A retirement fit for customers, not just industry expertsRSS icon

Written by Jon Dean on Tuesday 11 February 2014

As Financial Services practitioners it’s easy to forget how much we take for granted our knowledge of pensions and how they work.  But try stopping someone in the street and asking them what an annuity is, and you may well be met with a blank stare.  This word, rooted in the 15th century, is just one of many pieces of industry jargon.  With such beauties as Benefit Crystallisation Events, Commutation, Immediate Vesting, Limited Price Indexation, PCLS and Open Market Options, many of them created out of legislation, is it any wonder that the industry is so keen to emphasise the need to take advice at retirement?

High profile campaigns by the Sunday Times, Daily Mail and the Financial Services Consumer Panel are all calling for further regulation.  Greater transparency and regulatory scrutiny for online annuity broker costs, simpler small pot rules and legal enforcement of the ABI code of conduct are each suggested by two of the three campaigns.  Other ideas range from forcing all insurers to underwrite all annuity quotes to providing a free money health check to all 50-year-olds.  Not all of the proposals are necessarily practicable or affordable, and I have some sympathy with members of the ABI whose code of conduct already goes some way to offer help to customers.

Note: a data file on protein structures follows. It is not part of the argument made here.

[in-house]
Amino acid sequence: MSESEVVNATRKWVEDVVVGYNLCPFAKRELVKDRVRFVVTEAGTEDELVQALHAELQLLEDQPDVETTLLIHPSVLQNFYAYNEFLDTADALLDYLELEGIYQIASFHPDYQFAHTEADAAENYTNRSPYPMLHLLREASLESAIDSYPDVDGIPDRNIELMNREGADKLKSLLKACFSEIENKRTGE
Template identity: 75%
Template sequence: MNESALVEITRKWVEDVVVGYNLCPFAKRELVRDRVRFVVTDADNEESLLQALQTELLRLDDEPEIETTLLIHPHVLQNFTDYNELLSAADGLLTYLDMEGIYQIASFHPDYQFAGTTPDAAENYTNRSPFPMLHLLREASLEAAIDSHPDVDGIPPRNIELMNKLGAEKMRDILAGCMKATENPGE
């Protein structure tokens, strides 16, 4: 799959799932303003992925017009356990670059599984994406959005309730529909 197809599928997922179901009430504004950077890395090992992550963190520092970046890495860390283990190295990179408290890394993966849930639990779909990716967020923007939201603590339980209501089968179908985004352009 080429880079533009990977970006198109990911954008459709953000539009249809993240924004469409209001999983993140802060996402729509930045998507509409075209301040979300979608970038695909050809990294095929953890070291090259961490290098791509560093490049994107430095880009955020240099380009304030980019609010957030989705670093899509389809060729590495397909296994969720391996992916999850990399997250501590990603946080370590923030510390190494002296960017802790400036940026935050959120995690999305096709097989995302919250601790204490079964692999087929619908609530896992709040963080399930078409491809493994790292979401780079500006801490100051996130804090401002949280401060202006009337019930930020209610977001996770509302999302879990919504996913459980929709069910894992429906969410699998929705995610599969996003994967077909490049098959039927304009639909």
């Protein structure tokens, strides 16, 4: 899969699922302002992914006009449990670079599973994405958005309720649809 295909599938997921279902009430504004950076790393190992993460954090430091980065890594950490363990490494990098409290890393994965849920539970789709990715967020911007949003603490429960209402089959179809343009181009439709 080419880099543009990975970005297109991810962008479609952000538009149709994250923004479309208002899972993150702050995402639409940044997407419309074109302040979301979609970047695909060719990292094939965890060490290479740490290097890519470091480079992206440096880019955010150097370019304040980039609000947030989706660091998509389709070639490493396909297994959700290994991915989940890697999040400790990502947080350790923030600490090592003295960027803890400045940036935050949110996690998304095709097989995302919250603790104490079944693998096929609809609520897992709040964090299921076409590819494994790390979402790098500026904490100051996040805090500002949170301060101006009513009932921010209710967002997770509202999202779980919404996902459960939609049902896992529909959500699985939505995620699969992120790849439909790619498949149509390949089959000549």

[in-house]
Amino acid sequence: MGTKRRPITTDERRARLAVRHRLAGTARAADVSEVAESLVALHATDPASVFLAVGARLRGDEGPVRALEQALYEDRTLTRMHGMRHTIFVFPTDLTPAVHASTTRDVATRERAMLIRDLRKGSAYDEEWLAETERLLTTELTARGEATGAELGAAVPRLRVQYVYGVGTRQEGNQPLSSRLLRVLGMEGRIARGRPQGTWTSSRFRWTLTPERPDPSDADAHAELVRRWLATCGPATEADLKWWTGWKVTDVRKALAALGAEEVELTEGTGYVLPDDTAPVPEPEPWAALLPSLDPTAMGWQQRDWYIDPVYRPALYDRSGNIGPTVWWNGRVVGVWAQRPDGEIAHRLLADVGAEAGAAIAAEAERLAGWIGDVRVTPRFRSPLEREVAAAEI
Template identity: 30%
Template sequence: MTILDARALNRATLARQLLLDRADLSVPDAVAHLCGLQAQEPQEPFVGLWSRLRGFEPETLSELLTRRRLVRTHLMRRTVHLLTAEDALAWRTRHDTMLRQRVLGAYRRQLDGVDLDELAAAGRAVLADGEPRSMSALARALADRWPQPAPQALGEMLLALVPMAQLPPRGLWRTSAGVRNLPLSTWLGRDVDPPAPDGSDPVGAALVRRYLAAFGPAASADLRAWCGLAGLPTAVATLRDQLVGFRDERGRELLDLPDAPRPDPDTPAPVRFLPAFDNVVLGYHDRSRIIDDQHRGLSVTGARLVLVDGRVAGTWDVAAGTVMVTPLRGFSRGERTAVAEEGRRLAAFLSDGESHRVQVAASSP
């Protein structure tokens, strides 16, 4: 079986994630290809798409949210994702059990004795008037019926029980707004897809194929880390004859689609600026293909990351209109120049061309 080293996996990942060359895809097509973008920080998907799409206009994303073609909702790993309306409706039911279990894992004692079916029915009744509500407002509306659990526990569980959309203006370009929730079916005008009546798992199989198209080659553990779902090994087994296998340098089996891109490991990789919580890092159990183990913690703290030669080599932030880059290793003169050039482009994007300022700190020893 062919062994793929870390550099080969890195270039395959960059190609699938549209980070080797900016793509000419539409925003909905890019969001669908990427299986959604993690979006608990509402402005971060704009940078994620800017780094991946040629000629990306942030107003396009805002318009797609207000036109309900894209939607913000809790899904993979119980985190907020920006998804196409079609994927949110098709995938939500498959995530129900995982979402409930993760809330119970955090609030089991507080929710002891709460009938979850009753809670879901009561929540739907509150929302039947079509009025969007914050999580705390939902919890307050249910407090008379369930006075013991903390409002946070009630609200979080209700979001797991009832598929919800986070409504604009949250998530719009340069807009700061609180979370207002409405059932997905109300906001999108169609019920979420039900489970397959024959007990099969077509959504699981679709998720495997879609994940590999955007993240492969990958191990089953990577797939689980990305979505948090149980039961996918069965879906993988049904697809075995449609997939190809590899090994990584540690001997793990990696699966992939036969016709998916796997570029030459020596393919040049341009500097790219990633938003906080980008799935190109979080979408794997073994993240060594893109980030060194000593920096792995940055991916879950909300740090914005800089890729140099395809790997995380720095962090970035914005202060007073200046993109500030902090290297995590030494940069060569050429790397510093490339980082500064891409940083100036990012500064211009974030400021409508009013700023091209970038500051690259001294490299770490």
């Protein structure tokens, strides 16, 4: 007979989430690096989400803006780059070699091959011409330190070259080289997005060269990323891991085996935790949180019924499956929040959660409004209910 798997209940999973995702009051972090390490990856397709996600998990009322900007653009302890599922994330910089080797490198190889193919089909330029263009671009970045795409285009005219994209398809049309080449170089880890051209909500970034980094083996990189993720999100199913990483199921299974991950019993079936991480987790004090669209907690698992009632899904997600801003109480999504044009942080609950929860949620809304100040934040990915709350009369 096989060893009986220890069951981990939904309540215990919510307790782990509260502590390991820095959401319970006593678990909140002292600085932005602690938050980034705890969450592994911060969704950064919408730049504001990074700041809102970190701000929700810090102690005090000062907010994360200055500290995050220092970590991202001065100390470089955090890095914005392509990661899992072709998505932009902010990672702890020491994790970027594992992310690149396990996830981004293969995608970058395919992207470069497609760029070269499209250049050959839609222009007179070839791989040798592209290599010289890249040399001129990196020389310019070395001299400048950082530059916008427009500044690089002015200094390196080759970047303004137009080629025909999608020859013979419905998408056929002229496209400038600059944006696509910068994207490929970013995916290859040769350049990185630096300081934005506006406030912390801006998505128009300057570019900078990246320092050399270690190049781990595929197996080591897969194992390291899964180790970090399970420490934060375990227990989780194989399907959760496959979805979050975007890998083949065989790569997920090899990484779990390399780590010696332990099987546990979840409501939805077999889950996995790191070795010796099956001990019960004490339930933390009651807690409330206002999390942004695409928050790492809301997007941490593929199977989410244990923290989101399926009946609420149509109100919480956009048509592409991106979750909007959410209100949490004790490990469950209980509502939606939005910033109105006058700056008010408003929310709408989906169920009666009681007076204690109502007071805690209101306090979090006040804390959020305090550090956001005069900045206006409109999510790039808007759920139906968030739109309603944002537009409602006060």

I followed the journey of a retiring customer from receipt of an ABI-template wake-up letter – three carefully crafted and simply worded pages explaining all the basics to getting a retirement income.  While there is a bias of information towards annuities, other income vehicles are described and customers are rightly sign-posted to seek professional advice.  My difficulties began when I followed the link to the Pensions Advisory Service website, with over 700 small font words on the home page and no mention of the online annuity planner referenced in the letter.

I eventually found it in the online tools menu, and the real complexities of the retirement decision became apparent.  The planner makes a reasonable fist of explaining the process, given a little patience, even if some of its help links don’t work.  There is a click-through to the MAS annuity comparison site but it needs to be made clearer that its panel does not include all providers.

As a pension expert it is impossible to truly see the lay customer’s experience first-hand, and all credit to TPAS and MAS for the service they do provide, but I can’t help thinking that these online help services could be even simpler and more seamless.

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